As projects become more and more complicated, owners often look to simplify the building process by hiring  a single firm to handle both design and construction. This is perfectly legal and commonly known as the “design-build” delivery method. 

A design-build project has many advantages. There is only one point of contact for the owner to manage. The contractor has significant control over the entire design, procurement and construction process, and therefore has more control over price and quality. And there is coordination between the design team (architect and engineers) and the contractor from the very beginning.

There are downsides as well – with all the owner’s eggs in one basket, if the contractor is not up to the task, it will take longer to discover and correct the problem. Also, the design can become captured by the contractor, and the design team does not have a direct line of communication to the owner to warn of deviations between the design and the contractor’s work.

And it is on this last point that a disconnect often arises between what the design-build contractor promises the owner to deliver and what the design team’s architect and engineers promise to deliver to the contractor. In a more traditional delivery method, where the owner independently hires the design team to develop the plans that then go to the contractor who promises to build what is designed, there is no warranty by the design team to the owner that the design will be perfect. The standard for which designs are made is known as the “professional standard of care,” with that being “services consistent with the professional skill and care ordinarily provided by (design professionals) practicing in the same or similar locality under the same or similar circumstances” (see Section 2.2, AIA Document B101 – 2017 ). Likewise, most contracts between members of a design team and a design-build contractor do not warranty the design services, but limit the standard for the designs to the professional standard of care. 

There is good reason for this limit. While professionals generally are often held to a higher standard of performance and trust, the skills often cross over into the realm of art and also a balance between the current state of building technology and an owner’s expectation in both final product and cost. It is the job of the design professional to balance the owner’s competing interests and advise the owner on the realm of the possible. The limits of design can be pushed, and that is often lauded and seen as progress. But such progress comes with an element of risk, and design professionals are protected to a certain extent from that risk by the limits in the professional standard of care. The flip side of that protection also protects a contractor in a traditional project where, as long as the contractor builds what the owner’s design team designs, then the contractor is not held responsible for errors in the design.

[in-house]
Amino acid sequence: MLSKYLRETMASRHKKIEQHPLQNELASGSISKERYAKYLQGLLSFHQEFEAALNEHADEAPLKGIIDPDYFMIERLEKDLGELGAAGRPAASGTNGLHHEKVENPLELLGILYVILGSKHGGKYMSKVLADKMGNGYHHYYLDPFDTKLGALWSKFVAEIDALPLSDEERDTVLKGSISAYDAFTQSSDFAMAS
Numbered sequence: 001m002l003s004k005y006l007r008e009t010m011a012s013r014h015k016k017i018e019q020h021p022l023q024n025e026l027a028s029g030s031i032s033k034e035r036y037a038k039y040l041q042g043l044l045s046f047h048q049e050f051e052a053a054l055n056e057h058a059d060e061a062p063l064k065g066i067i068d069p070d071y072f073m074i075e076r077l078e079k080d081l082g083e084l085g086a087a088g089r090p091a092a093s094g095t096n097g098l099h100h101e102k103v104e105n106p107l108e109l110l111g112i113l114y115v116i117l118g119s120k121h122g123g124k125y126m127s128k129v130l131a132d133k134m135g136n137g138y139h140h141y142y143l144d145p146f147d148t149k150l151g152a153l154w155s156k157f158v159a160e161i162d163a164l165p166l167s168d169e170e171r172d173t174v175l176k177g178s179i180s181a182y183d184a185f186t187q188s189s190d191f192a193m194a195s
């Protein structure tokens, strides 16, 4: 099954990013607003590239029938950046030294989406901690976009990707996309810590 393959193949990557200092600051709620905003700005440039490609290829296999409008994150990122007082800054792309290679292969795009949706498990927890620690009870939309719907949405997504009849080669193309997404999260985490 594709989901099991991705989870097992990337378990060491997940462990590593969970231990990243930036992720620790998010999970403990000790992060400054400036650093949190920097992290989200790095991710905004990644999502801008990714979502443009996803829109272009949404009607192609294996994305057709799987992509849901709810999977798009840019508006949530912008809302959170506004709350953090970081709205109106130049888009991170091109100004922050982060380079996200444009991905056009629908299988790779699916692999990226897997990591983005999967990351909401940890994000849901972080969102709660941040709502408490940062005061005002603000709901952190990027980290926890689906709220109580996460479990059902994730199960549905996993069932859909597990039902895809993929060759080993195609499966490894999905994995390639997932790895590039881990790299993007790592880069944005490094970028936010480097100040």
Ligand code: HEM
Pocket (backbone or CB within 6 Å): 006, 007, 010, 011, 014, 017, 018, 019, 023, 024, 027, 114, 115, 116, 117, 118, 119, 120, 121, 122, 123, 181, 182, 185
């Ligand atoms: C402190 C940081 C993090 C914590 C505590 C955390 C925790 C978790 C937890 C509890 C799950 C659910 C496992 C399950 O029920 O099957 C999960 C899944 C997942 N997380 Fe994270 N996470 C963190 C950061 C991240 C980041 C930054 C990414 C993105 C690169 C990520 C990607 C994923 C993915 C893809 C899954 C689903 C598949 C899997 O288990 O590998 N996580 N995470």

This protection, however, is not often carried over to the warranties given by the design-build contractor to the owner where the designs are not developed independent of the contractor by the owner, but are developed by a design team directly for the contractor. Often, the limits of the professional standard of care are not carried over in the contractual obligations and warranties provided by the contractor to the owner, and this creates a risk where a contractor essentially promises to the owner a building without defects, but the plans provided by the design team to the contractor contain no such promise – rather only a promise that the design will be consistent with the care of the local profession. 

This raises the possibility that the design-build contractor might be held to a higher standard to the owner for the design of a project than the actual team that produced the design. That could leave the contractor with liability that it cannot pass on to the design team. This can also give rise to a gap in insurance coverage for the risk, because many design-build contractors rely on the professional errors and omissions coverage of the architect and engineers that the contractor hires. But professional errors and omissions coverage only protects from breaches in the professional standard of care and not contractual warranties. Even if the design-build contractor procures its own professional liability coverage, it will only supplement the coverage of the design team. It will not cover breaches in warranty beyond the professional standard of care.

Thus, it is always important – whether you are an owner, contractor or design professional, and especially so with design-build contracts – to review contracts carefully to make sure there are no gaps in the responsibilities and liabilities that flow between the parties and to always seek out the advice of an experienced construction attorney if there are questions or if the standards and warranties are unclear. 

This article summarizes aspects of the law and does not constitute legal advice. For legal advice for your situation, you should contact an attorney.

Column first appeared in the Oregon Daily Journal of Commerce on October 15, 2021.

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